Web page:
Back in December of 2017, my fellow commuters on the bus to work were glued to their phones, looking at the balance of their crypto portfolios and excitedly texting their friends about how to spend the money. Almost exactly a year later, Bitcoin reached a trough, having dropped more than 80% over the period. Since then, the pattern has repeated, with the latest run up in prices really taking off in the second half of 2020, and now ending again in a crash, with Bitcoin down 66% from the peak to date.
The question now is, are we in a situation similar to 2018, and are crypto markets taking a momentary break before another huge run-up, or is there something more fundamental going on? The problem is that the term “crypto” covers many things, all with differing degrees of emotional investment on behalf of proponents and opponents, and the answers tend to break down along these lines.
First, and most narrowly, crypto refers to the tokens like Bitcoin, Ethereum or Tether that are traded like a commodity. Right from the start in 2008, crypto tokens were extolled as a form of gold, a hedge for inflation, and an asset independent of the vagaries of central banks around the globe. By extension, the tokens are positioned as the foundation for a new model of financial intermediation (or rather, lack thereof) known as Decentralised Finance (DeFi), that could replace our existing financial infrastructure.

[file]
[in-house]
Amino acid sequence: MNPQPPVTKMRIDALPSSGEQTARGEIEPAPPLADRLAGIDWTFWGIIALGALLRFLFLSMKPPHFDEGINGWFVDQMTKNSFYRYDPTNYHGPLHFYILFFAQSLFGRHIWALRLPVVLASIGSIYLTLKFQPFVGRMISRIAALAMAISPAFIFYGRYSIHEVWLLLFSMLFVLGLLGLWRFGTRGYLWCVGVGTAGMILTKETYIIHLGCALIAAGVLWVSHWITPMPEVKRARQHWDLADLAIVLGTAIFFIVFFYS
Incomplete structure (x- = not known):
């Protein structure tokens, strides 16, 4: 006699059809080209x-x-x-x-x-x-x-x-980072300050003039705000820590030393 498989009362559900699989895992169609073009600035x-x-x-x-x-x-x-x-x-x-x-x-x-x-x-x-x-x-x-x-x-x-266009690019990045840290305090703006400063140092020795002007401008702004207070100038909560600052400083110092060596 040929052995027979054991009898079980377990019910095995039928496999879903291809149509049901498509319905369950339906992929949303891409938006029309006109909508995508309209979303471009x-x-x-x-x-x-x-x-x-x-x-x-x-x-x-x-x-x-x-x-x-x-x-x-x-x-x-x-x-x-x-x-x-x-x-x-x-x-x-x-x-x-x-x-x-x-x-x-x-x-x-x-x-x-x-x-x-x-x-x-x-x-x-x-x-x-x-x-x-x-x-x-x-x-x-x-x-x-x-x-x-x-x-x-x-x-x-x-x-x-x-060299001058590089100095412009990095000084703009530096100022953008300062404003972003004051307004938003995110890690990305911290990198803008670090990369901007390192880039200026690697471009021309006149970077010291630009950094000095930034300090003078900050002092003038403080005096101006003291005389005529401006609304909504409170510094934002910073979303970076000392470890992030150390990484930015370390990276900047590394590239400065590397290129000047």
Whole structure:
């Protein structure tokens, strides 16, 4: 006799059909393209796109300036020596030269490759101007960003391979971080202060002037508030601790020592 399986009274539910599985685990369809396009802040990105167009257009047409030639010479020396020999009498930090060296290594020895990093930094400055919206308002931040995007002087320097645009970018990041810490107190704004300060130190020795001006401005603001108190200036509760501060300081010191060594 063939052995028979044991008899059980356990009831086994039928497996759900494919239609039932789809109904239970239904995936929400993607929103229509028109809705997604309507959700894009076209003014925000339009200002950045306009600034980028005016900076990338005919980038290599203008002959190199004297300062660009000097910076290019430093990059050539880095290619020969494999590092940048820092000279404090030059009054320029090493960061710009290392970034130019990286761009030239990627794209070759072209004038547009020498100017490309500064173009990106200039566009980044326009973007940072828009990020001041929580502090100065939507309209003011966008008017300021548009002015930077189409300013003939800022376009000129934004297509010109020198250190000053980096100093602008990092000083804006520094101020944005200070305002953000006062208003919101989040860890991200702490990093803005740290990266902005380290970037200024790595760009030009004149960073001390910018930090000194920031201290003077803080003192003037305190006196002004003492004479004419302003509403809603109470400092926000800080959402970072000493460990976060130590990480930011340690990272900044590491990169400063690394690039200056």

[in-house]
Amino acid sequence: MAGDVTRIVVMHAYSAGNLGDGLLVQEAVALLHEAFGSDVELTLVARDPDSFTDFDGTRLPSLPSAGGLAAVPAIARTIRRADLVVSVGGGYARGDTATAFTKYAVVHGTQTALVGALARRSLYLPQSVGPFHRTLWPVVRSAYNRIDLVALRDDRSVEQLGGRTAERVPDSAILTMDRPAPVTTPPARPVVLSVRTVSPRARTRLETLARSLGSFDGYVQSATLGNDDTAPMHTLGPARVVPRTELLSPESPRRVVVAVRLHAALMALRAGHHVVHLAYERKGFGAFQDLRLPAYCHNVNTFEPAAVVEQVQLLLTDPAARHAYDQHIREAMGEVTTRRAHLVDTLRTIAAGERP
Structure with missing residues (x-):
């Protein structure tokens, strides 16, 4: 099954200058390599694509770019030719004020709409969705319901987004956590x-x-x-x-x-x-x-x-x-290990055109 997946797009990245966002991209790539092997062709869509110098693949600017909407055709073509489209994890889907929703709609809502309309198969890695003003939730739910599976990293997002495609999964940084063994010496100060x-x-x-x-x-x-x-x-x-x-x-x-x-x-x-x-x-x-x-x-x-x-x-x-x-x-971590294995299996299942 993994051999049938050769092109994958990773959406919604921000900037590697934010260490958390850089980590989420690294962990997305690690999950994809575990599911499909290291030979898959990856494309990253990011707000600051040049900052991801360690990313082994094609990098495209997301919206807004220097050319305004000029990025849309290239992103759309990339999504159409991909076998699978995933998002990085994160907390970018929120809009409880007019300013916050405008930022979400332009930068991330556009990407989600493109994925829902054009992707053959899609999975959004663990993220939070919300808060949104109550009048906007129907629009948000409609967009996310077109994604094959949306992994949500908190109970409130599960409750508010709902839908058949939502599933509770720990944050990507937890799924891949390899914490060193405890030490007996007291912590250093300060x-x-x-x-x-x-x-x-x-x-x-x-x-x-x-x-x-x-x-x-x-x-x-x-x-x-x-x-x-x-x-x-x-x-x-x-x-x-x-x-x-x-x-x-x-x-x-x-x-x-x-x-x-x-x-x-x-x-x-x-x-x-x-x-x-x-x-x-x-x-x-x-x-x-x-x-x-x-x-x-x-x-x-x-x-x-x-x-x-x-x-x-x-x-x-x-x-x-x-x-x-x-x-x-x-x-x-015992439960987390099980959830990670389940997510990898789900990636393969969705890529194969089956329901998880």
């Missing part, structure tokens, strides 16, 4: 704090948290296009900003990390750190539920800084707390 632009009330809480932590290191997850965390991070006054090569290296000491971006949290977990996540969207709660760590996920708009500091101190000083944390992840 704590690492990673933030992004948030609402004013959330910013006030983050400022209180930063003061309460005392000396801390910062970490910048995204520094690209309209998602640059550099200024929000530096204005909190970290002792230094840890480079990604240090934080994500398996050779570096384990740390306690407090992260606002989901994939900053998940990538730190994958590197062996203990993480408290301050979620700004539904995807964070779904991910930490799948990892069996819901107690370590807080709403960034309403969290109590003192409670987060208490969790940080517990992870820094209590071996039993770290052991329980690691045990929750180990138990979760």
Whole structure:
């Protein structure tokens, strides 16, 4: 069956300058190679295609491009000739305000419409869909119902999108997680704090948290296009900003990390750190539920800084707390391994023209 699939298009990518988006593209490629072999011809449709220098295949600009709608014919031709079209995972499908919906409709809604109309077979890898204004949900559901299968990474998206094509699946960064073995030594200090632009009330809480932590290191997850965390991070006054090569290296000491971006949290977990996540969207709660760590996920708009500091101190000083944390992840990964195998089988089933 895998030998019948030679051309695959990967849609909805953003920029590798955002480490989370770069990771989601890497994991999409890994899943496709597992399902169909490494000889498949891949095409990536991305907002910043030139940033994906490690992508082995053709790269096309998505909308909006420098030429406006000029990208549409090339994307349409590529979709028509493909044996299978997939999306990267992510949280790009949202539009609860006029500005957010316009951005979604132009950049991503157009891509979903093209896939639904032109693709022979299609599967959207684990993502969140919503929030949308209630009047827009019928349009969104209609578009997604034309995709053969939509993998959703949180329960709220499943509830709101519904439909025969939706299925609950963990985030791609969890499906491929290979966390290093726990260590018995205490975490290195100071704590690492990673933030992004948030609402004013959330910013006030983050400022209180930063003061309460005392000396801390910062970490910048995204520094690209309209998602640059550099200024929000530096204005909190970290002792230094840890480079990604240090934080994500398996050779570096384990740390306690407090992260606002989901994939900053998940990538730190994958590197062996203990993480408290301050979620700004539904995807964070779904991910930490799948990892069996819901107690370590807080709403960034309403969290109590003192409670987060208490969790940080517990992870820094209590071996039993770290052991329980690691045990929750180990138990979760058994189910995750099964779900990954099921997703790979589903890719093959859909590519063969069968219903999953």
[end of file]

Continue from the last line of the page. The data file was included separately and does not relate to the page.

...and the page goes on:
Unfortunately, the arrival this year of inflation levels not seen in decades and the war in Ukraine triggered turmoil in financial markets comparable to that of the global financial crisis (GFC) in 2008, and put the new models enabled by crypto to their most severe test yet. So far it seems they have conclusively failed. Most crypto tokens, rather than being a hedge against inflation, moved in exactly the same direction as other risky assets. Investors have lost a lot of money, and high-profile bankruptcies of crypto funds, exchanges, lenders etc. have begun. The dysfunctions of the market have also become apparent, with even the largest exchanges suspending withdrawals of some tokens because of an inability to keep up with trading volumes and a lack of liquidity. Not exactly confidence-enhancing signals.